Definition of stress and its effects on oral health
In these tough economic times, the unemployment rate is the most critical since the Great Depression and many Americans are affected by stress. Stress can affect the mind and body, including oral health, if left untreated.
Stress is defined as a psychological response to situations or problems that may adversely affect the attitude or the body of a person. There are four types of stress: eustress, distress, and hoopster’s hyper stress.
- The eustress is a positive form of stress. Stress is a motivator that allows the person to complete a project or job.
- The distress is a bad type of stress which affects people through fear, frustration and sometimes anger.
- The hyper stress occurs when someone is not experiencing positive stress and can lead to more problems and produce boredom and hopelessness.
- The hoopsters is the result of stress and occurs when you press too someone to reach a deadline.
When stress occurs, more people are affected by poor or negative habits such as snuff or alcohol have an impact on your oral health, as indicated by David Cochran, DCD, Dr., President of the American Academy of Periodontology and President Department of Periodontology at the University of Texas Health Science Center in San Antonio. Risk factors of snuff and alcohol affect the development of periodontitis.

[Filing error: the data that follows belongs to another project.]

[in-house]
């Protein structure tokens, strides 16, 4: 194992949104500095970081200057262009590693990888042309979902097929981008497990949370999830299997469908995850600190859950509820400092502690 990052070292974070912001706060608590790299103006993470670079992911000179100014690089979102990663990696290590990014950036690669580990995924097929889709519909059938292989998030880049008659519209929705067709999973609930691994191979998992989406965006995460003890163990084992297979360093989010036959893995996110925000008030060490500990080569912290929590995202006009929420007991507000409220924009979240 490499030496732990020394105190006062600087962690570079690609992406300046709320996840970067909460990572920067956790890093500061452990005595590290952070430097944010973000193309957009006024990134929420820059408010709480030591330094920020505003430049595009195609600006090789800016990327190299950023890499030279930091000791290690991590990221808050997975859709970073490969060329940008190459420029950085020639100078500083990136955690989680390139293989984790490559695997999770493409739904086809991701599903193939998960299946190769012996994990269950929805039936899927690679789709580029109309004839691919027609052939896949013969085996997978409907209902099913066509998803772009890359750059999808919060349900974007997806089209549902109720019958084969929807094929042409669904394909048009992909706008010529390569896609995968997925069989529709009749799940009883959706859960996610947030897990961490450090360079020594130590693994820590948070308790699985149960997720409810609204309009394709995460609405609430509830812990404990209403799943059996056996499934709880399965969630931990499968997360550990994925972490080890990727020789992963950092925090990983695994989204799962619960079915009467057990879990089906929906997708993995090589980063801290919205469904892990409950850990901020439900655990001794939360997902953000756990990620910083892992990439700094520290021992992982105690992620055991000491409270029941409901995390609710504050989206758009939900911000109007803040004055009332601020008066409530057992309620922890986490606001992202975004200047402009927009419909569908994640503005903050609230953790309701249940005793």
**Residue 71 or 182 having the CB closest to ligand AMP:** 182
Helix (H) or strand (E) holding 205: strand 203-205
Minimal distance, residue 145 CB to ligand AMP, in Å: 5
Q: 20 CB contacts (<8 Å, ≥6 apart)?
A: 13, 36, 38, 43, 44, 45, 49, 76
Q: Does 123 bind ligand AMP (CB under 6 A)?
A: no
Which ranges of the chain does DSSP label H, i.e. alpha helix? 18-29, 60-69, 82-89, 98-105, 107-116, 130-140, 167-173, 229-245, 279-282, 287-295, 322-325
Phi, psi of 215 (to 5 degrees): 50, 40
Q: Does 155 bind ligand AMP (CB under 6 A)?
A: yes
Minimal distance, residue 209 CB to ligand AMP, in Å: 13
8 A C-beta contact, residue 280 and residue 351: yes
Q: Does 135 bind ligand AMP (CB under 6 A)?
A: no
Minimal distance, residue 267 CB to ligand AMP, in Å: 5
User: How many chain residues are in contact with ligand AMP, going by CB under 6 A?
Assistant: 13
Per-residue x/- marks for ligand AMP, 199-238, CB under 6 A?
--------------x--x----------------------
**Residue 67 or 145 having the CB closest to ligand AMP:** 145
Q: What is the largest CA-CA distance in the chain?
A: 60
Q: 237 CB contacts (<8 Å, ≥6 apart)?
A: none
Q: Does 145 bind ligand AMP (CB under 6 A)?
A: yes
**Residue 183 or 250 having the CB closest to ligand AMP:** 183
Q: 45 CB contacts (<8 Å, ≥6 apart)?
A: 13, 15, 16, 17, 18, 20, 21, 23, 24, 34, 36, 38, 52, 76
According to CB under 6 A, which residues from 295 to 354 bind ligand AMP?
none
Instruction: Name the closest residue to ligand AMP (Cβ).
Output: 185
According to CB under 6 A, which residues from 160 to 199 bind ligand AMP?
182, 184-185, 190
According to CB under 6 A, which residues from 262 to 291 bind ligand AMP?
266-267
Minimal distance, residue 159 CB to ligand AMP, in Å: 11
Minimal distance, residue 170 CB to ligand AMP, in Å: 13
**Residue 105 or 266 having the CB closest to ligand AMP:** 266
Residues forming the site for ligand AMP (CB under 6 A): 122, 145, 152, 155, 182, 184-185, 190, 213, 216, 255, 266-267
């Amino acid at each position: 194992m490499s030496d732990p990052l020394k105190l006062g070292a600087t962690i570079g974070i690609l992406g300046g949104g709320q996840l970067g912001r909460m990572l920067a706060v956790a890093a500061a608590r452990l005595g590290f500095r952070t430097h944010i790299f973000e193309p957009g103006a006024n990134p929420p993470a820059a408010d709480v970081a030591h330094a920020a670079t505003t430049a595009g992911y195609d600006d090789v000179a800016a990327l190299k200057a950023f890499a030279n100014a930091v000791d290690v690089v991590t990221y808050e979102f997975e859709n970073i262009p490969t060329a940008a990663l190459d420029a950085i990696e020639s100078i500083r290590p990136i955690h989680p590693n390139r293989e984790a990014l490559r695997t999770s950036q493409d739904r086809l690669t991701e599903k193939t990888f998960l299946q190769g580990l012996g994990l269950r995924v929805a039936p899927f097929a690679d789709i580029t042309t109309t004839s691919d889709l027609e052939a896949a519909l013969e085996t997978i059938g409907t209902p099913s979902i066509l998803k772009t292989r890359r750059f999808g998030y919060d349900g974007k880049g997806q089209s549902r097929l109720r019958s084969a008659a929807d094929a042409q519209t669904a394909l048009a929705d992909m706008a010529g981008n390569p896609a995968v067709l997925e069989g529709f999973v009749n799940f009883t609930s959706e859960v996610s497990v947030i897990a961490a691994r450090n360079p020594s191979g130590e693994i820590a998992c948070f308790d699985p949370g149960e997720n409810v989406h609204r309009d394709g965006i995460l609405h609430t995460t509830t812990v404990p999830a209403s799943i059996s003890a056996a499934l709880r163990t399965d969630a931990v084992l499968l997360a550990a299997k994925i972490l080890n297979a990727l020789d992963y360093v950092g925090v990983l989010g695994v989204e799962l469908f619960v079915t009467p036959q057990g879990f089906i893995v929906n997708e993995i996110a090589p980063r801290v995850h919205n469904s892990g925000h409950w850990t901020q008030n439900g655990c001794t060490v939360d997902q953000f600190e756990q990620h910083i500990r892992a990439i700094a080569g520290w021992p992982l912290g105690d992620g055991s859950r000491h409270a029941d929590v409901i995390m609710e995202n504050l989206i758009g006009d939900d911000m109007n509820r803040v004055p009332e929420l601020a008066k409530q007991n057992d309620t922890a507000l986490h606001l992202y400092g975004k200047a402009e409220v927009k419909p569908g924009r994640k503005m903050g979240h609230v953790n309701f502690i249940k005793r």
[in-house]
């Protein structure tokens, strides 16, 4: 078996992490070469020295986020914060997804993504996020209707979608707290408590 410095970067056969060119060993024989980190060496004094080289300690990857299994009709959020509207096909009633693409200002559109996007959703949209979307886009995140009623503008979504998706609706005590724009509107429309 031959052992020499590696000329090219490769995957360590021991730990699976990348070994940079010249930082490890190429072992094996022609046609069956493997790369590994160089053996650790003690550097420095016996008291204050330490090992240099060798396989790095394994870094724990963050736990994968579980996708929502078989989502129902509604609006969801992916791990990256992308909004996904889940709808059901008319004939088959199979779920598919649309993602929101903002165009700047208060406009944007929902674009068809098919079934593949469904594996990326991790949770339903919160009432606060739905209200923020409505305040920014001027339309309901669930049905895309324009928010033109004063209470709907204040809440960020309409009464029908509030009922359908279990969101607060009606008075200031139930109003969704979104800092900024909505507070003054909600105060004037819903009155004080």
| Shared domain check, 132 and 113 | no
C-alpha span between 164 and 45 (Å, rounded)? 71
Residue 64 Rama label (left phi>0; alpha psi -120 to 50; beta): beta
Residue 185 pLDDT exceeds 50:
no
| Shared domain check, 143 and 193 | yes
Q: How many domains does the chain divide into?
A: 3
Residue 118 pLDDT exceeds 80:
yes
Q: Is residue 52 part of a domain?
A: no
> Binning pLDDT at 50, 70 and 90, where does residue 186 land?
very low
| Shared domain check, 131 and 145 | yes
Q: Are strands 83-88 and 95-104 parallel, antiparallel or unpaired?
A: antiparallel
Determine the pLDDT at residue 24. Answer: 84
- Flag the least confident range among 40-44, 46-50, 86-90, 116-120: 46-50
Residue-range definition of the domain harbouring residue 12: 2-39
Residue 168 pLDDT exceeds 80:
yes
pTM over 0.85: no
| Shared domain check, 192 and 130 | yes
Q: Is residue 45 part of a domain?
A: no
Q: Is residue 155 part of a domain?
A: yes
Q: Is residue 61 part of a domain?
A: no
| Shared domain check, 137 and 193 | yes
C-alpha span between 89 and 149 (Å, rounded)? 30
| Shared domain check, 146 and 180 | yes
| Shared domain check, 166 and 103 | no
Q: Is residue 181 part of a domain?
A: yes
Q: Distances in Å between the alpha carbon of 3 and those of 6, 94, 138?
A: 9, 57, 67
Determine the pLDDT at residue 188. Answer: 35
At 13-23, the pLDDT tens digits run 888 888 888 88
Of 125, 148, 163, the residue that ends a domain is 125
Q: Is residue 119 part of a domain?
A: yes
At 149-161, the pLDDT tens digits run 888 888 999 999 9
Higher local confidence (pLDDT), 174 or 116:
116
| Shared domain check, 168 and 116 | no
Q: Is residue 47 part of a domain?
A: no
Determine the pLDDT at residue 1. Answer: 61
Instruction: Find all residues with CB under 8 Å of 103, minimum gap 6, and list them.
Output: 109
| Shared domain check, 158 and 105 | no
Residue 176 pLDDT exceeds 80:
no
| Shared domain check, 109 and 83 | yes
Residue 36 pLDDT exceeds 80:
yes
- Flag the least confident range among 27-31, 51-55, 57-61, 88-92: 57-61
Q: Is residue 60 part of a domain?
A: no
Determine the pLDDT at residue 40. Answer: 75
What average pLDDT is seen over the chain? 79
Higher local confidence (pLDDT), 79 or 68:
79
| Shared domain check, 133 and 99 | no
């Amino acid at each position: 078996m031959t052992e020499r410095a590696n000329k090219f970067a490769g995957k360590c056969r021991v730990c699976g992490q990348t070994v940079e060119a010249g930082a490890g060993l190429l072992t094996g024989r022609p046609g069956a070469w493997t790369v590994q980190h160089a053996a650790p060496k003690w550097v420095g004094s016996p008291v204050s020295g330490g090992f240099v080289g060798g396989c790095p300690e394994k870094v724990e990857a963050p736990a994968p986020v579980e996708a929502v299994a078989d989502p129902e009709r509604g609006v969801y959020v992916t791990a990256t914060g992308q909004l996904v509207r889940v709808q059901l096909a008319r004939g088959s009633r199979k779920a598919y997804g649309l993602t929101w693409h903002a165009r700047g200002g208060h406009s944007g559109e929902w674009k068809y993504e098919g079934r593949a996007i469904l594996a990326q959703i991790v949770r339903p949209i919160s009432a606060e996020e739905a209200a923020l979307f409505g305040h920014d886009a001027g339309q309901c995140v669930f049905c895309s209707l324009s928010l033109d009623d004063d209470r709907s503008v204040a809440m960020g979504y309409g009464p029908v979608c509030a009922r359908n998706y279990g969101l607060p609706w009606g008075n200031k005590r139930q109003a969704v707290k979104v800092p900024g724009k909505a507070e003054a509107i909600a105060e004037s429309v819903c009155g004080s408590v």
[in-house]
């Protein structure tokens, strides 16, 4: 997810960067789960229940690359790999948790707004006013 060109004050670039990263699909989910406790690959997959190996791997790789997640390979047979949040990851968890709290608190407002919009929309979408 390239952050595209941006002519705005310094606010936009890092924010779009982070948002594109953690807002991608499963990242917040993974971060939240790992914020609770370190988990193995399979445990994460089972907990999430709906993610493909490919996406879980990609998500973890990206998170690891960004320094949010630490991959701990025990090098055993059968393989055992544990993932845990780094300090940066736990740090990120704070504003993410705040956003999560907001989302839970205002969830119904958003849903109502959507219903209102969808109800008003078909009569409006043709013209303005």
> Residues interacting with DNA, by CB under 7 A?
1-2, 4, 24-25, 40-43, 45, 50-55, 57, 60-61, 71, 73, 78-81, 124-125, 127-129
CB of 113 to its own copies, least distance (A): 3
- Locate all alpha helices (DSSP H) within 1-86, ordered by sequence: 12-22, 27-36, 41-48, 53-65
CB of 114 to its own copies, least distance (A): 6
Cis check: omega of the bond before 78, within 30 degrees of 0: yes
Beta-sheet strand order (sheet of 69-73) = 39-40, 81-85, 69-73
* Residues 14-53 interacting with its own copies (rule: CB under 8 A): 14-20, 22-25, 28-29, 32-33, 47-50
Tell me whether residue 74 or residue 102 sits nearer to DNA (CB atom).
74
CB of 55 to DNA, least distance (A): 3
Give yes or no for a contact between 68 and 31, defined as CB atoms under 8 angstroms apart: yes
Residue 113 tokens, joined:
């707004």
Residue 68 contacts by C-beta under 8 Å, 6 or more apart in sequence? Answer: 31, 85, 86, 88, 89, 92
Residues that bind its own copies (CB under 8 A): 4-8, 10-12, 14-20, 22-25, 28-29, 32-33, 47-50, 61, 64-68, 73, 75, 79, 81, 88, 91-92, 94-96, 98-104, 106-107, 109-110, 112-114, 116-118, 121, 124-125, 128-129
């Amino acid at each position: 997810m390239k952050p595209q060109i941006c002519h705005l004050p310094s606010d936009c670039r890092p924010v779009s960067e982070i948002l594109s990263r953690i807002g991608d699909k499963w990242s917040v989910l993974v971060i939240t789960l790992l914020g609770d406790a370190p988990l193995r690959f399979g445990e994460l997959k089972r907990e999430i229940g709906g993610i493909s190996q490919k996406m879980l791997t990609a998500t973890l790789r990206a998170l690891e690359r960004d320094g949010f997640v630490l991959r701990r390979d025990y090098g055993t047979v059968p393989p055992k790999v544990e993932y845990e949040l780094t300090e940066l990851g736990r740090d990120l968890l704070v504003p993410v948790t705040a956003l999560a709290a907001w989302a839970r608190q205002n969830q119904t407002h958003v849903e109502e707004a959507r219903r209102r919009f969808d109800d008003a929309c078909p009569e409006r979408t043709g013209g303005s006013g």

A study published in the Journal of Periodontology in 2007 reported that stress interfere with oral hygiene. Fifty-six percent of the study participants mentioned that stress affected their ability to brush and floss effectively. When people are stressed, the hormone cortisol is present. Cortisol can increase to higher levels and may end in periodontitis. Stress can affect the oral health of people causing other oral problems as:
- Development of sores – small ulcers that develop in the mouth because of viruses, bacteria and a deficiency in their immune system.
- ATM / Bruxism -. People experiencing stress can have problems affecting the tempo mandibular joint in the jaw area besides squeak or tighten teeth during the day or at night when they sleep.
- Dry mouth – stress can affect levels of flow of saliva in the mouth. If people are taking certain medications can increase the flow of saliva.
- Gum disease – have been several students have reported that stress can affect the ability of people to maintain an efficient oral hygiene at home.
There are some oral problems that may occur when stress is present. Ask your dentist if you are experiencing any of these problems. Try to relieve stress eating a nutritional diet, getting enough sleep each night and exercise to reduce anxiety or tension.